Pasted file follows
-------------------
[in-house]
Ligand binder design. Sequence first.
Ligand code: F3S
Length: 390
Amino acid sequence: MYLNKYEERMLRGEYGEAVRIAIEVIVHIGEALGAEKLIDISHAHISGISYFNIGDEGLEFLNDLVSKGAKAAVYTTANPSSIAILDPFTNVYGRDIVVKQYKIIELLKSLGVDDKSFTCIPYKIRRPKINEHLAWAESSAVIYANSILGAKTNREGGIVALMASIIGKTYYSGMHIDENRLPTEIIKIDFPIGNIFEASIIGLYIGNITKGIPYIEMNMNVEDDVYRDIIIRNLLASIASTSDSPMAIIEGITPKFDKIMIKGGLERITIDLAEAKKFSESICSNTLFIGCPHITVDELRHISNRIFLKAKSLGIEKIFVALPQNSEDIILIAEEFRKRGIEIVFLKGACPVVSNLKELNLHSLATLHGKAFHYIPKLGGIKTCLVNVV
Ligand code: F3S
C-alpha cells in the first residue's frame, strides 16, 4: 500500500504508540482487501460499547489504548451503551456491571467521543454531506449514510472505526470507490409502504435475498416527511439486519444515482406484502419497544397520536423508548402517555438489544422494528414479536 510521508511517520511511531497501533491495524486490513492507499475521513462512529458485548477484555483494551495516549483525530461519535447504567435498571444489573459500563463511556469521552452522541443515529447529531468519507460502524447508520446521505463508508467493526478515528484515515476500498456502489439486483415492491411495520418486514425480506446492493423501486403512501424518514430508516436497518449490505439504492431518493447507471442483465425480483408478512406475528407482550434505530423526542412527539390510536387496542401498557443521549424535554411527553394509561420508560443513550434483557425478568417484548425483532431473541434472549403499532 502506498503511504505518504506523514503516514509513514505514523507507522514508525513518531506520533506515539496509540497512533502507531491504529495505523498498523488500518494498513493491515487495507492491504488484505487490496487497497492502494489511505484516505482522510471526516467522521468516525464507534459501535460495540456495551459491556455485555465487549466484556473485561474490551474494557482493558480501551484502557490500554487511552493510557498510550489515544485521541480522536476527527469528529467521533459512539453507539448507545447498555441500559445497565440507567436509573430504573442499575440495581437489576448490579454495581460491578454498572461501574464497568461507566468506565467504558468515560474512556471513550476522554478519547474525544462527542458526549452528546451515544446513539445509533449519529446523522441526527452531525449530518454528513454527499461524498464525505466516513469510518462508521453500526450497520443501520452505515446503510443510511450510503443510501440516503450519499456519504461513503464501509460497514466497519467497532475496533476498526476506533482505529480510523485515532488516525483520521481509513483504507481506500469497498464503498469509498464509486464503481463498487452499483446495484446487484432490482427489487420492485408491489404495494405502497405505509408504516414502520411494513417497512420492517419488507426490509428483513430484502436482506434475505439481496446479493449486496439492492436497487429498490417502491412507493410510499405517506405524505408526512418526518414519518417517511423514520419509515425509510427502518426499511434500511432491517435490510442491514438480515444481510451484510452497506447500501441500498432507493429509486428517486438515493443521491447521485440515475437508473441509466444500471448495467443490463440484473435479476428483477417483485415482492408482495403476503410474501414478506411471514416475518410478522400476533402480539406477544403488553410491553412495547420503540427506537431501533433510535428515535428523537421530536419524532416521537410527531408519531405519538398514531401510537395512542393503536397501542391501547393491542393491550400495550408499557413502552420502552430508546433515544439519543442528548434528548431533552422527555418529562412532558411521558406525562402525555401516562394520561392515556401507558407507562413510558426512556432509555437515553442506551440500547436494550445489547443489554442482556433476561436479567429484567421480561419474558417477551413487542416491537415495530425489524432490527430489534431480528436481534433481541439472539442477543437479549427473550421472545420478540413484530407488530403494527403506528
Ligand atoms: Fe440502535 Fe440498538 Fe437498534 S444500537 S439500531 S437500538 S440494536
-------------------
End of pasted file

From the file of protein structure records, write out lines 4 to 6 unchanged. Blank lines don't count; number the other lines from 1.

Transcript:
Length: 390
Amino acid sequence: MYLNKYEERMLRGEYGEAVRIAIEVIVHIGEALGAEKLIDISHAHISGISYFNIGDEGLEFLNDLVSKGAKAAVYTTANPSSIAILDPFTNVYGRDIVVKQYKIIELLKSLGVDDKSFTCIPYKIRRPKINEHLAWAESSAVIYANSILGAKTNREGGIVALMASIIGKTYYSGMHIDENRLPTEIIKIDFPIGNIFEASIIGLYIGNITKGIPYIEMNMNVEDDVYRDIIIRNLLASIASTSDSPMAIIEGITPKFDKIMIKGGLERITIDLAEAKKFSESICSNTLFIGCPHITVDELRHISNRIFLKAKSLGIEKIFVALPQNSEDIILIAEEFRKRGIEIVFLKGACPVVSNLKELNLHSLATLHGKAFHYIPKLGGIKTCLVNVV
Ligand code: F3S